Iowa Woman Convicted of Trying Too Hard to Get Husband Elected

Kim Taylor faces up to 5 years behind bars on each charge
By Jenn Gidman,  Newser Staff
Posted Jan 13, 2023 2:09 PM CST
Updated Nov 22, 2023 2:00 AM CST
Prosecutors: She Tried a Bit Too Hard to Help Spouse Into Office
Stock photo.   (Getty Images/hapabapa)
UPDATE Nov 22, 2023 2:00 AM CST

The wife of an Iowa county supervisor was convicted Tuesday of a ballot-stuffing scheme meant to help her husband win a congressional race. Kim Taylor, who is from Vietnam and who filled out ballots on behalf of Iowa voters of Vietnamese heritage with limited English comprehension, was found guilty of 26 counts of providing false information in registering and voting, three counts of fraudulent registration, and 23 counts of fraudulent voting, the AP reports. Jeremy Taylor's campaign in the 2020 Republican primary for a seat in Congress was ultimately unsuccessful; he has not been charged, but the investigation is ongoing. His wife faces up to five years behind bars on each charge.

Jan 13, 2023 2:09 PM CST

Candidates for political office usually expect their spouses to back them up in their run, but one GOP contender's wife in Iowa may have gone a little too far in her zeal for his candidacy. The Des Moines Register reports that the Justice Department on Thursday announced charges against 49-year-old Kim Phuong Taylor of Sioux City, the wife of Jeremy Taylor, an ex-member of the state House and a current supervisor in Woodbury County. Per a DOJ release, Phuong Taylor was arrested for masterminding an election fraud scheme to help her husband win two separate elections in 2020: the first, a primary election in June 2020 in which Jeremy Taylor unsuccessfully ran in Iowa's 4th US Congressional District; and the second, the general election later that year, when he successfully ran for his current supervisor seat.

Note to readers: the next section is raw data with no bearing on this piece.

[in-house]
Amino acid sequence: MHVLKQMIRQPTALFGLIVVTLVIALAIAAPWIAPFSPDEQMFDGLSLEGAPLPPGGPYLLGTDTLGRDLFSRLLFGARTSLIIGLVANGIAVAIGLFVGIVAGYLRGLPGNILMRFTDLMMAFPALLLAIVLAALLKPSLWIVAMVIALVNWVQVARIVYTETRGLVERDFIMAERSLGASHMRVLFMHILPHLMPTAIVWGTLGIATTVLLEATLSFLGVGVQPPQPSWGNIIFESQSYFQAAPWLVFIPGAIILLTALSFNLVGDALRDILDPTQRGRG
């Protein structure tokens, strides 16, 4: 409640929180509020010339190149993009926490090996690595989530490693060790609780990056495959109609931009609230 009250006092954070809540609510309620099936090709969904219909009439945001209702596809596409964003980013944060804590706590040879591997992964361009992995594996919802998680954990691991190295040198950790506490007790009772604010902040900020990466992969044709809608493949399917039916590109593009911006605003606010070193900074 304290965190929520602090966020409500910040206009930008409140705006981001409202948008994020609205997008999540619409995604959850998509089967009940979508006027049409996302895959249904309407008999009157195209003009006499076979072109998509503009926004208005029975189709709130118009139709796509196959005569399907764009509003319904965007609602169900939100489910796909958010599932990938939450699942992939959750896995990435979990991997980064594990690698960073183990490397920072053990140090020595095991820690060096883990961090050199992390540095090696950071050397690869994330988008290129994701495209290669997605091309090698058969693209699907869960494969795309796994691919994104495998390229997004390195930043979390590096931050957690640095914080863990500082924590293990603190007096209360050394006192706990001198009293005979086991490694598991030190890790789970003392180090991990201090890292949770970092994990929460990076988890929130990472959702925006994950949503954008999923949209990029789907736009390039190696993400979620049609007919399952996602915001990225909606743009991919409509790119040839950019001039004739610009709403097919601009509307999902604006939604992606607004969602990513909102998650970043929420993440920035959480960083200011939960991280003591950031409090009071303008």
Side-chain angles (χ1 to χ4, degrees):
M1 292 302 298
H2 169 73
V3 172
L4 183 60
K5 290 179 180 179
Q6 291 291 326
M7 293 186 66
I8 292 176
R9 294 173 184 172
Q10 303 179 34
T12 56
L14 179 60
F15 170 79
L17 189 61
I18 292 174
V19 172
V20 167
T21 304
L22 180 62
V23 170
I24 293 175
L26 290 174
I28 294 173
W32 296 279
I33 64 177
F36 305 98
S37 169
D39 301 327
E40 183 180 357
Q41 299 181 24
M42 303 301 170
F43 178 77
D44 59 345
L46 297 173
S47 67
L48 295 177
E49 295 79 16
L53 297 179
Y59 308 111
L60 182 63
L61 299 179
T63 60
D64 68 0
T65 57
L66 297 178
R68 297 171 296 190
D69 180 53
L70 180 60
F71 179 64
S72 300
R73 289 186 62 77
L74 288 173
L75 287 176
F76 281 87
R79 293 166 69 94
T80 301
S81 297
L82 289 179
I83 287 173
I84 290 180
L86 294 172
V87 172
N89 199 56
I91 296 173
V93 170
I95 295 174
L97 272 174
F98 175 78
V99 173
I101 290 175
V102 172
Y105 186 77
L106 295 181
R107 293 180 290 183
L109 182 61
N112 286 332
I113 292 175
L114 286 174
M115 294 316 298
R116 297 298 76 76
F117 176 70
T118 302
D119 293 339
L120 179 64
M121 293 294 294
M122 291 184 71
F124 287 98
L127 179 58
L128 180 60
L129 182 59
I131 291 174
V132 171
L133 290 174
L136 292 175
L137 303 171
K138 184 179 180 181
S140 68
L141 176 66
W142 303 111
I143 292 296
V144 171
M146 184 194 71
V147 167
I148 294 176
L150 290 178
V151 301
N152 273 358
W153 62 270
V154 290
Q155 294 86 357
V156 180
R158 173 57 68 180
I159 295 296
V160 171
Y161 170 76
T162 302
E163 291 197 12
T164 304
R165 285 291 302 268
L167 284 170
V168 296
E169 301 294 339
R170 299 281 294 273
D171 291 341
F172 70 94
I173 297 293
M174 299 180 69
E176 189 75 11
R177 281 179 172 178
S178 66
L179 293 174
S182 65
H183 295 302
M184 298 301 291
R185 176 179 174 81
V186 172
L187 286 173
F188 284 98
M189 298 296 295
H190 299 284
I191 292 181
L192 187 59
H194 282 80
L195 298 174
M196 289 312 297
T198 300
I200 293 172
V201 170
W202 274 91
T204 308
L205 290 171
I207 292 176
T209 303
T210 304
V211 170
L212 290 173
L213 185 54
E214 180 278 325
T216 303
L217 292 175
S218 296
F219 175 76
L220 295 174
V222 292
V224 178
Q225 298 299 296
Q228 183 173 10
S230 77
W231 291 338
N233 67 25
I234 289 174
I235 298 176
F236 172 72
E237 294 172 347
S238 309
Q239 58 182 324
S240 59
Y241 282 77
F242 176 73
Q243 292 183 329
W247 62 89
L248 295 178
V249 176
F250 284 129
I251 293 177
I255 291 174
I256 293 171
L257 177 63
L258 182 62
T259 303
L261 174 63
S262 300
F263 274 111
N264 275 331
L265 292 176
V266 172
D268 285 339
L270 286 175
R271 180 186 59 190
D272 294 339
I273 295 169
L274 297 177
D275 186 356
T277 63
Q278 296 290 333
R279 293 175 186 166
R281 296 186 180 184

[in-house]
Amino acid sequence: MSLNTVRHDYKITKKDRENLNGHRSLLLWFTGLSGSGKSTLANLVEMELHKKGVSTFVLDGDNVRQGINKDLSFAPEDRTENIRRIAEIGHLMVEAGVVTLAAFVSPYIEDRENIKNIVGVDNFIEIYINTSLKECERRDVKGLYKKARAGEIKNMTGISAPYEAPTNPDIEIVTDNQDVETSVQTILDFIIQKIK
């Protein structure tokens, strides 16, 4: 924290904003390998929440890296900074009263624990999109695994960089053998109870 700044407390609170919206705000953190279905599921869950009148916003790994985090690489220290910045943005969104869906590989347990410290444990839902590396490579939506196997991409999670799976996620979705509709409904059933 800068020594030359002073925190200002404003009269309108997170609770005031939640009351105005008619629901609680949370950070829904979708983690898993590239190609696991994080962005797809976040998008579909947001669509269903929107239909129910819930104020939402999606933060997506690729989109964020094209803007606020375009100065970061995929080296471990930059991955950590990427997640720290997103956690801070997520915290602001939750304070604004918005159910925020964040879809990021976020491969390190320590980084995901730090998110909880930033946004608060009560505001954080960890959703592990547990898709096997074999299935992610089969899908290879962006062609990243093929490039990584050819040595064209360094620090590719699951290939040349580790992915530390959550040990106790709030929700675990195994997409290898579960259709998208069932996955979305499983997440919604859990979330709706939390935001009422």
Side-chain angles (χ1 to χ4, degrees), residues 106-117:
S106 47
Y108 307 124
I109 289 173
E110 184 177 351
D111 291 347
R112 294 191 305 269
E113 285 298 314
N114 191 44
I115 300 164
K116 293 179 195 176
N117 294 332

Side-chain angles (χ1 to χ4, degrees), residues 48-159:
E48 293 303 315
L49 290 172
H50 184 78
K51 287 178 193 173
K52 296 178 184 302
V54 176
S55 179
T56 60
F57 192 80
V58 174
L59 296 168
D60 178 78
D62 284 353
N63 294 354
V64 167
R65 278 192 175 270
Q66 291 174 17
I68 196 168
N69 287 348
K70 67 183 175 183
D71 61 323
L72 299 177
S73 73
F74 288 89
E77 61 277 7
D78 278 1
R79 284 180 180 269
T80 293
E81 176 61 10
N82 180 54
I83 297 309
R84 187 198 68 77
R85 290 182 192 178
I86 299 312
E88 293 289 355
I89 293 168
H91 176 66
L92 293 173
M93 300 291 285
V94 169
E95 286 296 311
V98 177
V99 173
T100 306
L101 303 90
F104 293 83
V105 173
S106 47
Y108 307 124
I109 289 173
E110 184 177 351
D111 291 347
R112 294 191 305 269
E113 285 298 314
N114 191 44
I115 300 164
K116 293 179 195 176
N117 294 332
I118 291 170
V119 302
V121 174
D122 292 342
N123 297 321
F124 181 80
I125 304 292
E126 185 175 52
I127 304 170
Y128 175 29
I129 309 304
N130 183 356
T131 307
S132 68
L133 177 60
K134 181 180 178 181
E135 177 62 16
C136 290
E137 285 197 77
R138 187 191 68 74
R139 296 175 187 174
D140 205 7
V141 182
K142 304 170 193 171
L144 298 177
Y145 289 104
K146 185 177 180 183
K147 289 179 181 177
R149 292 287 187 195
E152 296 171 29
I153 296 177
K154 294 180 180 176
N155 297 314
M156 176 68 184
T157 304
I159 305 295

Per the release and the Washington Times, Phuong Taylor, an immigrant who's since achieved US citizenship, cajoled members of Sioux City's Vietnamese community to register to vote, then request absentee ballots—at which point she would fill out the ballots herself, or tell others they could sign for relatives on their behalf. "Taylor then took the ballots with her and delivered them to the Woodbury County Auditor's office, causing the casting of votes in the names of residents who had no knowledge of and had not consented to the casting of their ballots," prosecutors allege. Phuong Taylor is now facing upward of 50 charges—including 26 counts of providing false information in registering and voting, 23 counts of fraudulent voting, and three counts of fraudulent registration. If convicted, she could see a max of five years behind bars on each count. (More election fraud stories.)

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